March 30, 2010

Getting Big Things Done in Government

John O'Leary on C-SPAN's "Washington Journal" talks about his recent Washington Post piece, "Can the U.S. Still Tackle Big Problems? Lessons from the Health...
March 24, 2010

Fixing What's Broken

This interesting article in the Washington Post by Bill Eggers and John O'Leary lays out some of the challenges associated with getting big things done...
March 23, 2010

The High Cost of Hidden Pension Promises

For mayors across the country a single budget item threatens their cities' capacity to maintain parks, keep the streets safe, pick up the trash and...
March 17, 2010

Phone + GPS + Camera = Revolution

Three simple tools are revolutionizing the delivery of city services. The phone, the camera and the GPS, now generally contained in the same device, are...

Phone + GPS + Camera = Revolution

Smart phones are revolutionizing how governments serve its citizens - and it's just the tip of the iceberg.
March 9, 2010

Monopsony and Social Innovation

As I write this column I am listening to my iPod and typing on my new Dell computer. Both of these products impressed me from...
February 19, 2010

Burdening the Future: It's Not Just the Feds

The recently released federal budget has shed a harsh spotlight on government's tendency to spend today while leaving the bill for our children to pay....

Cutting Costs Without Cutting Benefits

Rooting out waste serves the most needy.
February 11, 2010

Webinar: Fighting Poverty

February 16, 2010: 3 - 5 pm (EST) Despite decades of work and billions of dollars, millions of American families remain stuck in a cycle of poverty--often exacerbated by...
February 9, 2010

Innovations and Social Edge: Join the Conversation

You may have heard President Obama speak about the need for a new approach to community problem solving, or heard that he's created a White...
February 8, 2010

The New Political Reality

For decades, public officials viewed voters either as passive recipients of government largesse or as active advocates for special treatment. Getting reelected generally meant launching...
January 25, 2010

Digital City

You've probably seen the ads touting the notion of "building a smarter city." There is little doubt that the technology revolution around Gov 2.0 holds enormous...
January 24, 2010

Executing on a Good Idea

The use of 311 systems by municipalities to intelligently respond to citizen inquiries is no longer cutting edge, but neither is its use universal. A column...

Chicago's Parking Meter Mishap: Successful 'Fiasco'

Critics call Chicago's privatization of parking meters an epic failure, but could it be it's an epic success?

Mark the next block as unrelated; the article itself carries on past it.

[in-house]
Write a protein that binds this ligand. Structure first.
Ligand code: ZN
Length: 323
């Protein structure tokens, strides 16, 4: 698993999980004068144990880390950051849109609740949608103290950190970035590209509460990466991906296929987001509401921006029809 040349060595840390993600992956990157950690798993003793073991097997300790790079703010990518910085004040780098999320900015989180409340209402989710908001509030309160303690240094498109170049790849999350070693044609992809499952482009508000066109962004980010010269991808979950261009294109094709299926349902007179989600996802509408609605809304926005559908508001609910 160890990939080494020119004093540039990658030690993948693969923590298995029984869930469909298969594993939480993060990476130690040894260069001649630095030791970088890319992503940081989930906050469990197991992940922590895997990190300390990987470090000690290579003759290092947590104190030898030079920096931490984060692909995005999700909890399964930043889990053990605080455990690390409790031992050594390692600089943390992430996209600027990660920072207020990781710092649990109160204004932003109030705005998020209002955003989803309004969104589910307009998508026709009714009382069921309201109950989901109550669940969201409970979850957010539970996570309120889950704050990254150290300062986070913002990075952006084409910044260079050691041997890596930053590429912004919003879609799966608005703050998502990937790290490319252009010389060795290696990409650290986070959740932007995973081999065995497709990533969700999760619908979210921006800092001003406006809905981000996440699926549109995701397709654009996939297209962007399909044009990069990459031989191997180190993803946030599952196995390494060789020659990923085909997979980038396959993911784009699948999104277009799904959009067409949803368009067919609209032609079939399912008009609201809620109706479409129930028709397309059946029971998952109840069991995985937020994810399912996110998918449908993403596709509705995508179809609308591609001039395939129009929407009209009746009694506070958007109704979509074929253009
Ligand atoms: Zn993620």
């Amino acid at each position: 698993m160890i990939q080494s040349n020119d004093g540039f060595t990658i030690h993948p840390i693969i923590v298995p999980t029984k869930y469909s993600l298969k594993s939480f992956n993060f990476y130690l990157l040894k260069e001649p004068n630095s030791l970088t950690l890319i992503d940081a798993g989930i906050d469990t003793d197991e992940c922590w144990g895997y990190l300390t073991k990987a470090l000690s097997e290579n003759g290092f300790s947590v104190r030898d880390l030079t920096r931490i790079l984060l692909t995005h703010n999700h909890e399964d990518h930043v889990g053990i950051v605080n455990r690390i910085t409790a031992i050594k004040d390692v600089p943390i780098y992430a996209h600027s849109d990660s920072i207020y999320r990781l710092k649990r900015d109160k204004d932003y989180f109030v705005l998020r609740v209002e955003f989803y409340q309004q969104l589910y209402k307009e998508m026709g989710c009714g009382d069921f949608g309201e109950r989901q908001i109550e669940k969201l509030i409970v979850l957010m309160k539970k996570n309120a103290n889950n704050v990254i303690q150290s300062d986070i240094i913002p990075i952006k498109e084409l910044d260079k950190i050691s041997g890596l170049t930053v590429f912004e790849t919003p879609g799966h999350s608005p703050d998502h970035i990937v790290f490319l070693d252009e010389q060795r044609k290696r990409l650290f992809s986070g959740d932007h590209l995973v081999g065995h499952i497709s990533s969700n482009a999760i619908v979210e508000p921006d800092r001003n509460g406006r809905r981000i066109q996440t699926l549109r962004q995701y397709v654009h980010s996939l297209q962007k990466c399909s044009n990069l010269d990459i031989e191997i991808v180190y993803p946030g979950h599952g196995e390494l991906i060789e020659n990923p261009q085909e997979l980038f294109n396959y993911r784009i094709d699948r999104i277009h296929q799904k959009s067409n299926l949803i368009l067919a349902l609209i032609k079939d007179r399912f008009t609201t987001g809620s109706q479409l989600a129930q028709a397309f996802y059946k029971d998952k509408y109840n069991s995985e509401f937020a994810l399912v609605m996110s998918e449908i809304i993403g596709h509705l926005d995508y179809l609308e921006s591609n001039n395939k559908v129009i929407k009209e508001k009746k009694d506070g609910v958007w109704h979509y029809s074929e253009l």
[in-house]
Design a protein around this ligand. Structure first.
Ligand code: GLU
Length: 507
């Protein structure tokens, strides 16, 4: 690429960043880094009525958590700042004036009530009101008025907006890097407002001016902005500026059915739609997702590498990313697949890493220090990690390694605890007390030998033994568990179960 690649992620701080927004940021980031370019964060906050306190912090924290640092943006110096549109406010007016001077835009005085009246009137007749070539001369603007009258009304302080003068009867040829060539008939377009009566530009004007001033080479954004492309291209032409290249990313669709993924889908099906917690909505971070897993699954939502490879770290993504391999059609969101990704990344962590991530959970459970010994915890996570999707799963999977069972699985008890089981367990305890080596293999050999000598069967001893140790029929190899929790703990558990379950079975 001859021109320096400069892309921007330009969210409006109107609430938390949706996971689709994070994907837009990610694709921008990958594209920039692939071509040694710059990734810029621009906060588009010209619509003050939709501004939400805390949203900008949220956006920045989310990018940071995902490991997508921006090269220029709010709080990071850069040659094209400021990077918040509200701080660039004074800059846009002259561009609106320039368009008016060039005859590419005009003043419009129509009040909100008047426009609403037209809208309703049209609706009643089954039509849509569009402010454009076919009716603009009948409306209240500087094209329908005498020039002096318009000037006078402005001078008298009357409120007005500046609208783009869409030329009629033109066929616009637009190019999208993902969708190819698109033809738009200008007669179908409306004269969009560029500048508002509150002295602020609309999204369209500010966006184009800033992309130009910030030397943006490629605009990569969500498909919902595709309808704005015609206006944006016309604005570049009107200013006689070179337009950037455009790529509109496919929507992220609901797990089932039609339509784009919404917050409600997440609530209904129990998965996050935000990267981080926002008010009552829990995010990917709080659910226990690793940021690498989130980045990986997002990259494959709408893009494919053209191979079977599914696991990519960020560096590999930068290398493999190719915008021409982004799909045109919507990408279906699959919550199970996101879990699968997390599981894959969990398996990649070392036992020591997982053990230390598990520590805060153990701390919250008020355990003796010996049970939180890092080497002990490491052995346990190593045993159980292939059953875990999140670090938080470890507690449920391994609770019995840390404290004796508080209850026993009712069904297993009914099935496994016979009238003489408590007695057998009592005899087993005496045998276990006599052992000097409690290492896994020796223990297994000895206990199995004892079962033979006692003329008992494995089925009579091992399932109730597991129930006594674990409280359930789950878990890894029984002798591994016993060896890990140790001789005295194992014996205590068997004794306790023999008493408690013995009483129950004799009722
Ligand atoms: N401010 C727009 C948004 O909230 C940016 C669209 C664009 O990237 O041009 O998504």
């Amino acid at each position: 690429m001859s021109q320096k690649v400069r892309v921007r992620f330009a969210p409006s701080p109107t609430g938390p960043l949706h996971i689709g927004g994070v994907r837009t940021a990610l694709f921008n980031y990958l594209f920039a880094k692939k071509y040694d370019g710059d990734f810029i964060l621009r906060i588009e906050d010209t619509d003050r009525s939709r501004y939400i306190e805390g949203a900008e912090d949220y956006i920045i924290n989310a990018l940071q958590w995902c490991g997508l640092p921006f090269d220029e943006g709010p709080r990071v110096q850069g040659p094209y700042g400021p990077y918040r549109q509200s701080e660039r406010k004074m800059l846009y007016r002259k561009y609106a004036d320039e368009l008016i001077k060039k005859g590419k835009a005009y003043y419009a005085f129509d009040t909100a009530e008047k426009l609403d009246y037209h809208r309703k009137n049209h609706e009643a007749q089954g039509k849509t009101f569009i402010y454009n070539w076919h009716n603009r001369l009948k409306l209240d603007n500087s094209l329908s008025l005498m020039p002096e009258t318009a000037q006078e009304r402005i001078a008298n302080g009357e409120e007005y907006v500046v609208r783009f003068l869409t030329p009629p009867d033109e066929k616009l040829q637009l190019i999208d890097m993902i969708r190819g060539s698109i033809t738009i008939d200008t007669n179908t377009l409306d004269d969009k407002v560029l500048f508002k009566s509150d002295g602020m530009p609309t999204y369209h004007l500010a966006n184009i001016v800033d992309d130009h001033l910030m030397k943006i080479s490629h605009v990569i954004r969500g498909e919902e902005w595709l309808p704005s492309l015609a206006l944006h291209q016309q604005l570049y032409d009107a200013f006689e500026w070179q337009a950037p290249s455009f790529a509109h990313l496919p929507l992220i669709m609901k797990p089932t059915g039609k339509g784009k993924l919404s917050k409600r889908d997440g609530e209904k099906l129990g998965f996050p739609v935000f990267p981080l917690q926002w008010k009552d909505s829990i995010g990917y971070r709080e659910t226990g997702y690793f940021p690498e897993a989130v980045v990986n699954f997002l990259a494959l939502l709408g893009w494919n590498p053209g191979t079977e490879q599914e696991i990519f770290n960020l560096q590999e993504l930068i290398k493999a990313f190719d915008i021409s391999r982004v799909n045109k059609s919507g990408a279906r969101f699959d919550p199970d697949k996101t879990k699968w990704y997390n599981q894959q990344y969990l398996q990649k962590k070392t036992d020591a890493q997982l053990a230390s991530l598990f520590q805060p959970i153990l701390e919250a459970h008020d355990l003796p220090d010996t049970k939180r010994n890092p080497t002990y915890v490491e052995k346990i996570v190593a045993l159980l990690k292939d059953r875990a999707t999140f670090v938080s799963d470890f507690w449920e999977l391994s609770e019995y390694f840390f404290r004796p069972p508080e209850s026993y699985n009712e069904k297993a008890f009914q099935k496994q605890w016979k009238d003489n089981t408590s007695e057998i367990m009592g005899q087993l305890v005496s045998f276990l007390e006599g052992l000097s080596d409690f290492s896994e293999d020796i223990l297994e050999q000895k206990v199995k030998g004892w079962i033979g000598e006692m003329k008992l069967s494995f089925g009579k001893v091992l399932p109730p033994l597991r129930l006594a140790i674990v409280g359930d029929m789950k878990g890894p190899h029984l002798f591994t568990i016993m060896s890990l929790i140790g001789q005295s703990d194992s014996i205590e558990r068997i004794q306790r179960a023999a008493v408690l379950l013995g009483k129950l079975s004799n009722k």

January 20, 2010

Chicago's Meter 'Fiasco'

It should have been a relatively straightforward public-private partnership. In exchange for a lump sum, the city of Chicago would turn over the operation and...
January 19, 2010

More on Chicago Parking Meters

Over the last five years no city in the United States has more experience in large infrastructure public private partnerships than Chicago, including major deals...
January 13, 2010

Reading List on Transforming Government

I've put together a list of some of my favorite resources and reading materials for those interested in transforming government. Based in part on courses...
January 13, 2010

Red-Ink Tsunami: Why Old Ideas Can't Fix the New Government Perma-Crisis

State and local governments have faced big budget gaps before. Typically, things get tight for a while, then the economy perks up, tax revenues recover,...
January 6, 2010

Mindful Innovation

There is no magic formula for public sector innovation, but there are tools and techniques that can help governments find ways to do things better,...
January 3, 2010

Welcome to 2010 -- Are You Ready?

In the good old days, economic slumps were followed by recoveries. To survive lean times, governments tightened their belts, maybe raised some taxes, and life...
December 20, 2009

Taking Aim at Systemic Risk

We've seen what happens when risk isn't accounted for properly. The mortage meltdown has prompted government to address enterprise risk in a more systematic way....

Crime, Punishment and Data

How predictive analytics is transforming the criminal justice system.
December 16, 2009

Crime, Punishment and Data

Just weeks ago, career criminal Maurice Clemmons walked into a Lakewood, Washington, coffee shop and gunned down four police officers. Although this particular crime could...
December 6, 2009

How Paying a Price Can Cut Your Costs

In a market economy, prices communicate information, helping to shift resources to more efficient uses. Government can take advantage of this through a shared services...
December 2, 2009

Dedicated to Transformation

Given the day-to-day demands of political leadership, it is hard to focus on innovation. In his article, John O'Leary highlights how the city of Detroit...
November 23, 2009

Collaboration Isn't Easy

How can different levels of government and a variety of public agencies work together effectively? That's a challenge with implications for crime, health, and a...

The Hazards of Bold Reform

The takeaways and throwaways of Indiana's outsourcing experience.
November 18, 2009

Contract Cancelled, but Outsourcing Wasn't the Problem